CNN LIVE EVENT/SPECIAL
Rep. Armey Announces Retirement
Aired December 12, 2001 - 10:27 ET
THIS IS A RUSH TRANSCRIPT. THIS COPY MAY NOT BE IN ITS FINAL FORM AND MAY BE UPDATED.
THIS IS A RUSH TRANSCRIPT. THIS COPY MAY NOT BE IN ITS FINAL FORM AND MAY BE UPDATED.
BILL HEMMER, CNN ANCHOR: Live from Capitol Hill, on the floor, the House majority leader, Dick Armey, in what is anticipated to be his retirement speech, from Congress.
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REP. RICHARD ARMEY (R-TX), MAJORITY LEADER: How very privileged I am to have been given that trust, that responsibility and the opportunity to serve the values I share with these good people -- faith, freedom, safety, security and peace, in that order.
Mr. Speaker, I have come to love this place. This is the most marvelous democratic institution in the history of the world. You see, my friends, it is true what we say about this wonderful House Chamber, here the people govern. We are the House of Representatives. It's more than a place, it is we the people working each in our own to secure the blessing of liberty for ourselves and our posterity.
And in my time here, we have managed to secure many blessings of liberty. We have been the instruments of the American people during a special period when America led the world in a freedom revolution. As a lesson in how freedom works, we whipped stagflation and set a course of economic prosperity and growth unparalleled in the history of the world.
America halted the march of communism in our hemisphere. We inspired the demise of its tyranny in Eastern Europe. The Cold War ended on our terms. The Soviet Union collapsed. The Berlin Wall fell. We won the Gulf War. And as we speak, we are removing the scourge of terrorism from the globe.
Peace through strength and supply-side economics changed this world for the better. Because the American people champion liberty, more people in the world live free today than at any time in the world's history. Yet there is more to be done, and it is America who will lead the way.
Mr. Speaker, that marvelous creativity known as practical American genius led us through the agricultural revolution and the industrial revolution. It now leads us through the electronic revolution. Once again, we see new marvels driving from the American creativity and hard work.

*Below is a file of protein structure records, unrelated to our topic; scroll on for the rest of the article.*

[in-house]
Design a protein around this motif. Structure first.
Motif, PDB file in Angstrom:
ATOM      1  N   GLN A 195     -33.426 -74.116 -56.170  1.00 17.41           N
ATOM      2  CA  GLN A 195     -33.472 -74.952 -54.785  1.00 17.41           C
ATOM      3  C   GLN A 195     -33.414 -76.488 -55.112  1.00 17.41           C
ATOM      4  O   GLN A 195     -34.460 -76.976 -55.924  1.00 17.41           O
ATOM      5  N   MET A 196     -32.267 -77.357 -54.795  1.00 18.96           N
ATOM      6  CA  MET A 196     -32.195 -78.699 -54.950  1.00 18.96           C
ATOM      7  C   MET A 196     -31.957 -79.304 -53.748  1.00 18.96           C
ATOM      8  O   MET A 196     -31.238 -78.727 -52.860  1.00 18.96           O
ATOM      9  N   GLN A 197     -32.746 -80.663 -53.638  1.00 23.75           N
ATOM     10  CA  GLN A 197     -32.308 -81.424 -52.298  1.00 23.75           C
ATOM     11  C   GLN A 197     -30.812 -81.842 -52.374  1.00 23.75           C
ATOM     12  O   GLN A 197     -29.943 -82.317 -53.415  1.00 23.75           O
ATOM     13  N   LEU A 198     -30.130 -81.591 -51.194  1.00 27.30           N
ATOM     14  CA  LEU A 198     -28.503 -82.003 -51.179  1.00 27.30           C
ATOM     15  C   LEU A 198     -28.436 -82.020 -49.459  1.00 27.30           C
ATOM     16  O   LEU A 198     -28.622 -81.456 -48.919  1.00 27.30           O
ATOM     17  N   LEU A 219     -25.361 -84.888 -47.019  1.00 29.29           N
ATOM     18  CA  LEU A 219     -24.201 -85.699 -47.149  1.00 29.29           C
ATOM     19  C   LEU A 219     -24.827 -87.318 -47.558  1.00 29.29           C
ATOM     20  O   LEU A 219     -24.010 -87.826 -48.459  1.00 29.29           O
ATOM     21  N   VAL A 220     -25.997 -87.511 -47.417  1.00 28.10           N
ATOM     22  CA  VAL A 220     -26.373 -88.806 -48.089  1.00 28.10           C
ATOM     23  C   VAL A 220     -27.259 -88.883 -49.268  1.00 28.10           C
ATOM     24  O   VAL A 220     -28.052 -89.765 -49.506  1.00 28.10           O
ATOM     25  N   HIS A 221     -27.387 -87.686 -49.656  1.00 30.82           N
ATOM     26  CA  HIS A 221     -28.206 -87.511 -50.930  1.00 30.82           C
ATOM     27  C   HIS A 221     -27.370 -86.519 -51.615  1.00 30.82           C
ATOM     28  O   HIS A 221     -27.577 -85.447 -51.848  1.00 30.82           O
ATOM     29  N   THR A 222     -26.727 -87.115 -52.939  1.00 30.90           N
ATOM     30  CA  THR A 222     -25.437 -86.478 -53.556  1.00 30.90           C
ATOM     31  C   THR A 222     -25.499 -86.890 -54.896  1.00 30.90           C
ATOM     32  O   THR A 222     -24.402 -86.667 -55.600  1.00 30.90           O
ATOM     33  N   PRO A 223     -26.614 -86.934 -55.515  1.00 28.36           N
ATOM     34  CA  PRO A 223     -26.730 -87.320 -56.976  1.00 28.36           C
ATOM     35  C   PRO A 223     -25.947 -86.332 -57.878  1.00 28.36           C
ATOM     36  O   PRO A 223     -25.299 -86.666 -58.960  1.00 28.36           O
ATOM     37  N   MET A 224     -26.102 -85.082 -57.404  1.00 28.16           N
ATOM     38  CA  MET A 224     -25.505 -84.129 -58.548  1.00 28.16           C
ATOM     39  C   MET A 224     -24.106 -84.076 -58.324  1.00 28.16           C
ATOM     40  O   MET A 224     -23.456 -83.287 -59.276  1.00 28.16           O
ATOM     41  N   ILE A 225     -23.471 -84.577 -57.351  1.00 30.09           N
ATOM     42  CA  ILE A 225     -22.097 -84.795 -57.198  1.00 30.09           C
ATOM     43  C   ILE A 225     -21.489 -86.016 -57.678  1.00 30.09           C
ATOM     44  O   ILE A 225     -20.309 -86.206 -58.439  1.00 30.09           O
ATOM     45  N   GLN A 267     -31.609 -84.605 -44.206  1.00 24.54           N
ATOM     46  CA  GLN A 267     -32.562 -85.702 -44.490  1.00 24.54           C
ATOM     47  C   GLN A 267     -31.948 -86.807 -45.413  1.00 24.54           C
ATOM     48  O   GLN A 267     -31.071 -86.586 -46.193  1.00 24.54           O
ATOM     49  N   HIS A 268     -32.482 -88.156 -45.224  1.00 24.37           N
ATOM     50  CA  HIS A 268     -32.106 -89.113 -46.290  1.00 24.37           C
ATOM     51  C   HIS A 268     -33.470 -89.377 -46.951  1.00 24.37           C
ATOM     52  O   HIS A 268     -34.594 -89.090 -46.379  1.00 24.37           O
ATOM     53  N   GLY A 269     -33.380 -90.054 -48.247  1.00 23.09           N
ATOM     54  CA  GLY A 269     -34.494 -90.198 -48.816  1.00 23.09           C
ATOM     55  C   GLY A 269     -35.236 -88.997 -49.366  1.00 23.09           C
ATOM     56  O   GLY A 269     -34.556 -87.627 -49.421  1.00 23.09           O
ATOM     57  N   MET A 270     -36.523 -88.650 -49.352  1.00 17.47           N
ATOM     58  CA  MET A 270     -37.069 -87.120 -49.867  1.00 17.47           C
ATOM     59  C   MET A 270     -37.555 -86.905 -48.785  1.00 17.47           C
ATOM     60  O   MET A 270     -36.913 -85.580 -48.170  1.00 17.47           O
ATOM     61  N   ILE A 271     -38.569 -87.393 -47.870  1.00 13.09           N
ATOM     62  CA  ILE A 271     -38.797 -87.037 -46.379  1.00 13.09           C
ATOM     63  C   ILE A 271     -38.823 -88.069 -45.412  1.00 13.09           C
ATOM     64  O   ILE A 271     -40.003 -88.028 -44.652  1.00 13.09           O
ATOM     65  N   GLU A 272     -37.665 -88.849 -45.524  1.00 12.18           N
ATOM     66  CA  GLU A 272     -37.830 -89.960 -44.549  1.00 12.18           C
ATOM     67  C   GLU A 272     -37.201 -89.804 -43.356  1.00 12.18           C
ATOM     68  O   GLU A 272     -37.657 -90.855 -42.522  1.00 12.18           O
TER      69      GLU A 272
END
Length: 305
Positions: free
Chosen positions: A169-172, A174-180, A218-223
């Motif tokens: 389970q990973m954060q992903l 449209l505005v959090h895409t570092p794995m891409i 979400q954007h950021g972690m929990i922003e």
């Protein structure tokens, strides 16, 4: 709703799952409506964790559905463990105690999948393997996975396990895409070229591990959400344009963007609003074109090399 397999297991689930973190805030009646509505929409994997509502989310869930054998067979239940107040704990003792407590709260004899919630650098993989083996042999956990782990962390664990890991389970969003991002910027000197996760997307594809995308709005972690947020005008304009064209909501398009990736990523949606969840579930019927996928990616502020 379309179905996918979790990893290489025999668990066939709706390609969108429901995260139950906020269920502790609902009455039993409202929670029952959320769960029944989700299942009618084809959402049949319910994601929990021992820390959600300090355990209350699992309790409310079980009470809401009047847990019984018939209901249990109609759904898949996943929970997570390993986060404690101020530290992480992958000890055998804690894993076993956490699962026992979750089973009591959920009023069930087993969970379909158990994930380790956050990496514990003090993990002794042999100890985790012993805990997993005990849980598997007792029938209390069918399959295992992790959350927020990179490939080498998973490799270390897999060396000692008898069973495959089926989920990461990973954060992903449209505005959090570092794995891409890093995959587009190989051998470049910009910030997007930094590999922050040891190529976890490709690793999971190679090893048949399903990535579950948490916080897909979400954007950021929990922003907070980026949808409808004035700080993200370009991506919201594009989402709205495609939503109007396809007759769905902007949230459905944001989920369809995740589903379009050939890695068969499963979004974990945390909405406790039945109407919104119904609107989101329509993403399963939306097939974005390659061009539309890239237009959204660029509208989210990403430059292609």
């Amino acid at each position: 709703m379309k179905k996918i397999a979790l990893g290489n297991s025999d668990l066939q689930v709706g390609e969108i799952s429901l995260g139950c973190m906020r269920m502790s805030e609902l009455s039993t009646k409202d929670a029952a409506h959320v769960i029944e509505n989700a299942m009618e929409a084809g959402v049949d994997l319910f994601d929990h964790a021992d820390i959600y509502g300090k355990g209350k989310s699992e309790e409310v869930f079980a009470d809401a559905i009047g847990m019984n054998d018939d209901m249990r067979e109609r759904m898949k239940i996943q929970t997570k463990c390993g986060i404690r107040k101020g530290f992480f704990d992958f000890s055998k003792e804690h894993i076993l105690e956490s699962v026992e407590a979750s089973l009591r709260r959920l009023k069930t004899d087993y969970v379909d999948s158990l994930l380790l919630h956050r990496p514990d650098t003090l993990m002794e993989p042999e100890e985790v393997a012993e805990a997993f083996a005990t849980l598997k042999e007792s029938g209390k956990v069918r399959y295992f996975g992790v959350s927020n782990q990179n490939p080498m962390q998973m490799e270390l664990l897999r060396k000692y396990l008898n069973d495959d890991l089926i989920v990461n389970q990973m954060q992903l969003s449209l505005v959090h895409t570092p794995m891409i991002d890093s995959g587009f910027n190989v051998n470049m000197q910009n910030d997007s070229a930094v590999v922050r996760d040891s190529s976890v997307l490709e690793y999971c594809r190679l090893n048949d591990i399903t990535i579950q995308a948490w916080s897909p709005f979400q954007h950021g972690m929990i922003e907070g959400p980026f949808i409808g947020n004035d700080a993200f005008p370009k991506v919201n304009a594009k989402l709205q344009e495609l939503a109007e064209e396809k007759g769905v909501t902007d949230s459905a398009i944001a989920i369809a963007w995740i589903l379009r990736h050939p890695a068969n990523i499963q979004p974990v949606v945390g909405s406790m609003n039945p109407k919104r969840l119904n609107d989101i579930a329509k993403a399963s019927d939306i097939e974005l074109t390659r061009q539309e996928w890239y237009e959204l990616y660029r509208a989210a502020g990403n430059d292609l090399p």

Today, we see a renewal of faith in God that lifts the hearts of everyone in America. There's a renewal of patriotism that vindicates the faith of our fathers and the sacrifices of our heroes. America is a good nation, where blessings endure and difficulties pass.
The American people deserve a government that knows their goodness and has the decency to respect it. It is up to us to be that government, and I have complete confidence that we will continue to be just that.
Because of this confidence, I am comfortable telling you today that the end of this 107th Congress is the time for me to stand down as majority leader and as member of Congress, to take my leave of this place and the people I love so much, and to return home to my beloved 26th District of Texas, and more important to my beloved wife and family.
Mr. Speaker, I am sad to say what we all know is true: Too often our service to our nation is a disservice to our family. To our spouses, our years of service seemed to be an unbroken string of broken promises and disappointments. Our husbands and wives are too often excluded from what we do. They live a life of hardship that is rarely supposed and even less understood. It's as if they were single parents. You all know what I mean; we all have our own heartbreaking chapter and verse. Bless our hearts, and even more, bless our spouses' hearts.